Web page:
economic welfare of the country are not only to be expected to provide a measure of prosperity for all but also to be the moral embodiment of the kind of society they are hoping to build. 3.2.2 Public role of the Church in morality Koopman (2003: 4), in reflecting on Hauerwas' work, challenges the concept of Church as enforcer of a Christian social ethic for peaceful coordination of the world. He states that in fact the church is a social ethic in its very nature as it carries the call to be a community of peace in a distressed world. This in itself, therefore, reflects the very nature of public theology in that it is ultimately a theology of being. This becomes the incarnational nature of the church as it hopes to manifest the life of Christ in this world. It is from this discourse that morality is extracted to provide a framework for social construct. In this sense, the church demands from the public not merely the practice of ethics but rather the embodiment of ethics as modelled by the life of the church. It is in a decaying moral context that the expression of God's humanity, as incarnated in the church, has the potential to bring light. When private faith takes on a public shape it reflects something of the character of Christ. The absence of this manifestation leaves the world saltless and in darkness (Matt. 5:13 – 14). It is this need for the church to be salt and light that calls for the public nature of the Christian faith in modern South Africa.

3.2.3. Public role of the Church in development The kingdom of God as viewed from the Lukan tradition presents God as being on the side of the poor and vulnerable (Luke 3:18). God's solidarity with the poor in this sense is not to be viewed as opposing those who are well off but instead to give hope based on the just nature of God. The strings of society

Faith, Politics and Development: The silence of the Church in the New Democratic South Africa


pull, from the powerful to the powerless, all of whom are within the same political contexts. If politics is about power then development is about equalizing the power dynamics. The connection between these two is undeniable. The public role of the Church becomes that of balancing this power so that justice, equality and peace are maintained. The church within the South African context has been involved in social welfare initiatives for decades even providing the first hospitals, clinics, and schools. This is what David Bosch (1991: 404) terms the “social mandate”, but he is also quick to note that when ever this mandate was emphasized in evangelism, it would always be accompanied by a statement about the primacy of evangelism. Even in these terms the church would deal with social issues in a reactionary mode. Often social welfare would be used as a means to perpetuate evangelism or as a stepping stone with conversion as the most important goal. Taking from Swart's (2006: 6) fourth generation approach that the church should be involved in the “politics of ideas” so as to challenge unjust and oppressive social systems widen the scope of the church's “social mandate.”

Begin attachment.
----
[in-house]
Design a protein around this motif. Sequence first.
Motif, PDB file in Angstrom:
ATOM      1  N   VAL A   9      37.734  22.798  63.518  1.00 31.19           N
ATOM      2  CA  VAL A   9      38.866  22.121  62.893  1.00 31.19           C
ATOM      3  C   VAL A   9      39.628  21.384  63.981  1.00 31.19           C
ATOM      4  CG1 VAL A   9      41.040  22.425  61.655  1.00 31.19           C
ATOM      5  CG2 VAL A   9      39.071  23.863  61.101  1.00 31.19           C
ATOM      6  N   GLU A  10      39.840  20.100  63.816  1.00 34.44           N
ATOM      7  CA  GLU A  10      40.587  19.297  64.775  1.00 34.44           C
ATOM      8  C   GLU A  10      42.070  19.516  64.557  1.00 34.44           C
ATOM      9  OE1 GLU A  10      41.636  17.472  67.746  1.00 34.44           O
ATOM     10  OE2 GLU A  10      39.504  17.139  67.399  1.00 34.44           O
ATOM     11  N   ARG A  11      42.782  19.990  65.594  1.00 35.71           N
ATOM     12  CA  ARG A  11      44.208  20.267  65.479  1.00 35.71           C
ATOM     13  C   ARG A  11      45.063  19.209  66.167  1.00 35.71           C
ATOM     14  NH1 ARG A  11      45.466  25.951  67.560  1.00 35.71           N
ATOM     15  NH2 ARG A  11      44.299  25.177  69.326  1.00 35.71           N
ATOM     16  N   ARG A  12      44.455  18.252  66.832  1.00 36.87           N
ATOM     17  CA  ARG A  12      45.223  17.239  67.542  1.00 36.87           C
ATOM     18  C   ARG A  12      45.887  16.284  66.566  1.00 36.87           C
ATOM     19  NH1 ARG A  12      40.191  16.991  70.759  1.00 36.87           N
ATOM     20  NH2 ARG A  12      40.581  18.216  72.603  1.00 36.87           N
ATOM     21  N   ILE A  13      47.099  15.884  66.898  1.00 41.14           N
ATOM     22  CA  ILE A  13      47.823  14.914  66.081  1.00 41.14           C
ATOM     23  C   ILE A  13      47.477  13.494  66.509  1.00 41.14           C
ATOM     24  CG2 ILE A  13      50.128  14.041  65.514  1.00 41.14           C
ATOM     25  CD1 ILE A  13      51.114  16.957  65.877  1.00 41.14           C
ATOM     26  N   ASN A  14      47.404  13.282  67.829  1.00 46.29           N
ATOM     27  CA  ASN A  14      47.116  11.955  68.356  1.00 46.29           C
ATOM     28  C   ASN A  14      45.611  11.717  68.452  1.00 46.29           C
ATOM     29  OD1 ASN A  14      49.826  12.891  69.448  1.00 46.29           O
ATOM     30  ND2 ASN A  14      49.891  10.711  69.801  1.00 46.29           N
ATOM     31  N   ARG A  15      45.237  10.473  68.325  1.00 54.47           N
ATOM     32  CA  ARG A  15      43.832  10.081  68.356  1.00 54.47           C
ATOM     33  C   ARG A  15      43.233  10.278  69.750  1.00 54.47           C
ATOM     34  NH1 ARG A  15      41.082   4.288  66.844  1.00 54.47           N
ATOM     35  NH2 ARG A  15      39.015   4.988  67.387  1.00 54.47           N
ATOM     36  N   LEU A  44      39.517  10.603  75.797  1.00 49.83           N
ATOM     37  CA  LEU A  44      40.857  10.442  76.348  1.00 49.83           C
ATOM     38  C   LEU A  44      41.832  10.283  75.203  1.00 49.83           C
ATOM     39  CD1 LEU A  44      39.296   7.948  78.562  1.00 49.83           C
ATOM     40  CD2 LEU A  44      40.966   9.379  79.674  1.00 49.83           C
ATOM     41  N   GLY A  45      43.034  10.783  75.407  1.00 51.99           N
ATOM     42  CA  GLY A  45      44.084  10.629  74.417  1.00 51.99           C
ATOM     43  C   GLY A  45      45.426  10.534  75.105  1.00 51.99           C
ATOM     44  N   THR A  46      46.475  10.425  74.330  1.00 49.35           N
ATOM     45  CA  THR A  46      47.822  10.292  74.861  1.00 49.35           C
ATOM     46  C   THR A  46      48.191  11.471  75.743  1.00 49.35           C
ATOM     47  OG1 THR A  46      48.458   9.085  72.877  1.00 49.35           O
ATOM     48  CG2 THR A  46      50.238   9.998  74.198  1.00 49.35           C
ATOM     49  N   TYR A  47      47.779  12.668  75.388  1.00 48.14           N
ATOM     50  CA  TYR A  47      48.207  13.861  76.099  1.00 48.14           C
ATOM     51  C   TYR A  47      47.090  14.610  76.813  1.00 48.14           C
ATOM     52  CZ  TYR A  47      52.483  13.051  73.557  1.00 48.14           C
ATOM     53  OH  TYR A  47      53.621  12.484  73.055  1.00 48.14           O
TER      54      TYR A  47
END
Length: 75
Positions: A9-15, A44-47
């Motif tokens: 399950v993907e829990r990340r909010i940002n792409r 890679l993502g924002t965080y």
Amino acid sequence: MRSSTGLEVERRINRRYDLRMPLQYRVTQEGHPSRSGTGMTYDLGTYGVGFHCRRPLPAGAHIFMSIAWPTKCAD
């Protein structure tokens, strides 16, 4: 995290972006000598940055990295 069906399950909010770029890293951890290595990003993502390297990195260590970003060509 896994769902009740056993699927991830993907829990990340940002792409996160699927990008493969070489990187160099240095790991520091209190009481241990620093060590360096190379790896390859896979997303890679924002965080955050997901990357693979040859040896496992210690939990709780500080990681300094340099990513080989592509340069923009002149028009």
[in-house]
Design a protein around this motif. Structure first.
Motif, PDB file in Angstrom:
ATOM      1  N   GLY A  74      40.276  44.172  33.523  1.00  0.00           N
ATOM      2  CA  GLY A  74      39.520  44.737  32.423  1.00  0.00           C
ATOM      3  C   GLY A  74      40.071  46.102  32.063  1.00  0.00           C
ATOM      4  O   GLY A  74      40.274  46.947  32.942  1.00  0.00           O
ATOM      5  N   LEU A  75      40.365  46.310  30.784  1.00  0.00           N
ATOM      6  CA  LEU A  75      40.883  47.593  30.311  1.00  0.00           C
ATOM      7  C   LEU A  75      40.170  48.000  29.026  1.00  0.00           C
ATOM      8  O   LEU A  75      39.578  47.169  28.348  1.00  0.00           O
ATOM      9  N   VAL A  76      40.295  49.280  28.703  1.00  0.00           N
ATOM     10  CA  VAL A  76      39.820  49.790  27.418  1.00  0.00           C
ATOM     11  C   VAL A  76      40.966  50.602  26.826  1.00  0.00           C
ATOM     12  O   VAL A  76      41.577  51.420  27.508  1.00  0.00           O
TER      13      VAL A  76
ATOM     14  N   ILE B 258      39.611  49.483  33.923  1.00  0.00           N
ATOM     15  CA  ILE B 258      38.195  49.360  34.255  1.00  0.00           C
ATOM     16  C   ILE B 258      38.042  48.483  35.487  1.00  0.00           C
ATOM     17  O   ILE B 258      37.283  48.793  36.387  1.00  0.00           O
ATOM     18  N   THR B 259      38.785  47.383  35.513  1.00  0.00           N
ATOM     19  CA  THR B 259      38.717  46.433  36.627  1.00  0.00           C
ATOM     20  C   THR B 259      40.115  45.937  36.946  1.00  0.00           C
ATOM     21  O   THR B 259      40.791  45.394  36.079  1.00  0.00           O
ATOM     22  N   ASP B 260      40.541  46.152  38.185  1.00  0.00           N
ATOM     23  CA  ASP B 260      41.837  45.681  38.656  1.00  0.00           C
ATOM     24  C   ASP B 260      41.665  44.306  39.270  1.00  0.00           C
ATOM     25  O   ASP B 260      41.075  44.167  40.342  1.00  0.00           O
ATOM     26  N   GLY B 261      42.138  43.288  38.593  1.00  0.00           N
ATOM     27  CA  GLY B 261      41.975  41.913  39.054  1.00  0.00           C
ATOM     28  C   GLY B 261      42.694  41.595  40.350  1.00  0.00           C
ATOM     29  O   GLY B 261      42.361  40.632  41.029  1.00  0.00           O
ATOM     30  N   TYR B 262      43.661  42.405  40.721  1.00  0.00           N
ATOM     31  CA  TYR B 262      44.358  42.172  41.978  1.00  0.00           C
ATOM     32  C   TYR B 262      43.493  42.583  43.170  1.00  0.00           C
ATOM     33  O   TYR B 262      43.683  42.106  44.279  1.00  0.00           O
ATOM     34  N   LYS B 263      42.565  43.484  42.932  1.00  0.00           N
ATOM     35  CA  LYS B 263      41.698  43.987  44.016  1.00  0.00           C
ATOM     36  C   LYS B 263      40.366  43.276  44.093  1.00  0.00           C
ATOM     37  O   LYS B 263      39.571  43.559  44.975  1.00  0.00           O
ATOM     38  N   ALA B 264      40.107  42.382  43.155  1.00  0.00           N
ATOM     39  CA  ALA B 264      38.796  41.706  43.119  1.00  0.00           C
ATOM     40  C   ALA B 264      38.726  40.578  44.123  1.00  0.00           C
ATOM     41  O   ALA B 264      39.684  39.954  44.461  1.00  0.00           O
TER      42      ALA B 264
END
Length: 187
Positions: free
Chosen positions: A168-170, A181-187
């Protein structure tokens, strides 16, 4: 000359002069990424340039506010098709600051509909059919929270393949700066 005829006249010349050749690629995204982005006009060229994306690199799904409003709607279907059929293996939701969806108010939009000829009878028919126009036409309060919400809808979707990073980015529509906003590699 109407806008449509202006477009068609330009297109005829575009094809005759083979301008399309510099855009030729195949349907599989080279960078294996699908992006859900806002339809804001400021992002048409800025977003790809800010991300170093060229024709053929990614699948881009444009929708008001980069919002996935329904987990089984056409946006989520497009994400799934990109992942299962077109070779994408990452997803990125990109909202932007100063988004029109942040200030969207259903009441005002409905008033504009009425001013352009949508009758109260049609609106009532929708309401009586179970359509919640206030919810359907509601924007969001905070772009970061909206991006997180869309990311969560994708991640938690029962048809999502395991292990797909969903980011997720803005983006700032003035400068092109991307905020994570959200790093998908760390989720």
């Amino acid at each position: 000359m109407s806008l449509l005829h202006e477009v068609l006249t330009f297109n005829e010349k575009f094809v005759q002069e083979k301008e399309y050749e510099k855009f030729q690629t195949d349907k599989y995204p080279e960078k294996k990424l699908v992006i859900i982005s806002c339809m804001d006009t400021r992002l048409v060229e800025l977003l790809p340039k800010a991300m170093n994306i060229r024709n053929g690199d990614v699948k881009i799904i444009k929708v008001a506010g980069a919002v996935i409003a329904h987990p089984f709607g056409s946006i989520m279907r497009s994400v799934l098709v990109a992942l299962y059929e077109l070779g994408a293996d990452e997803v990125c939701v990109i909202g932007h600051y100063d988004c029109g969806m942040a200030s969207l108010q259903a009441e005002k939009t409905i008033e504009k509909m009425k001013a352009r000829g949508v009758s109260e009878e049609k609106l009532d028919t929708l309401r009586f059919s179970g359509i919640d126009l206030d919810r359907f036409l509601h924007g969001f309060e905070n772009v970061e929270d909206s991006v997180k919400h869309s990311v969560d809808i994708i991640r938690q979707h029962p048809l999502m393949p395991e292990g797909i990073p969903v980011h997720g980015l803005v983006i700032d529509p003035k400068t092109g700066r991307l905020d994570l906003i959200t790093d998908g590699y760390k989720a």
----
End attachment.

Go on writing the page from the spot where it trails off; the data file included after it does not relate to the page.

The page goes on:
4. Objectives 4.To describe the public role of the church in reflecting on the struggle against apartheid 5.To analyse the relationship between the church and state in post 1994 South Africa 6.To analyse the relationship between moral degeneration in S.A. and the role of the church 7.To analyse the role of the church as government's “critical engager” on the side of development for the poor

Faith, Politics and Development: The silence of the Church in the New Democratic South Africa


5. Methodology This paper will use a literature review which Fink (1998: 3) defines as “a systematic, explicit, and reproducible method for identifying, evaluating, and interpreting the existing body of recorded work produced by researchers, scholars, and practitioners.� In this sense, both historical and recent information available regarding the topic will be analyzed.

Faith, Politics and Development: The silence of the Church in the New Democratic South Africa


Section B “If anyone says, 'I love God' yet hates his brother, he is a liar. For anyone who does not love his brother, whom he has seen, cannot love, whom he has not seen.” 1 John 4: 20

6. A brief history before 1994 Rev. John Langalibalele Dube, who is one of the founding members of the ANC, in his 1892 pamphlet entitled “A Talk upon My Native Land” gave somewhat prophetic vision as he stated: This shall be the dawning of a brighter day for the people of Africa. Christianity will usher in a new civilisation and the Dark Continent will be transformed into a land of commerce and Christian institutions.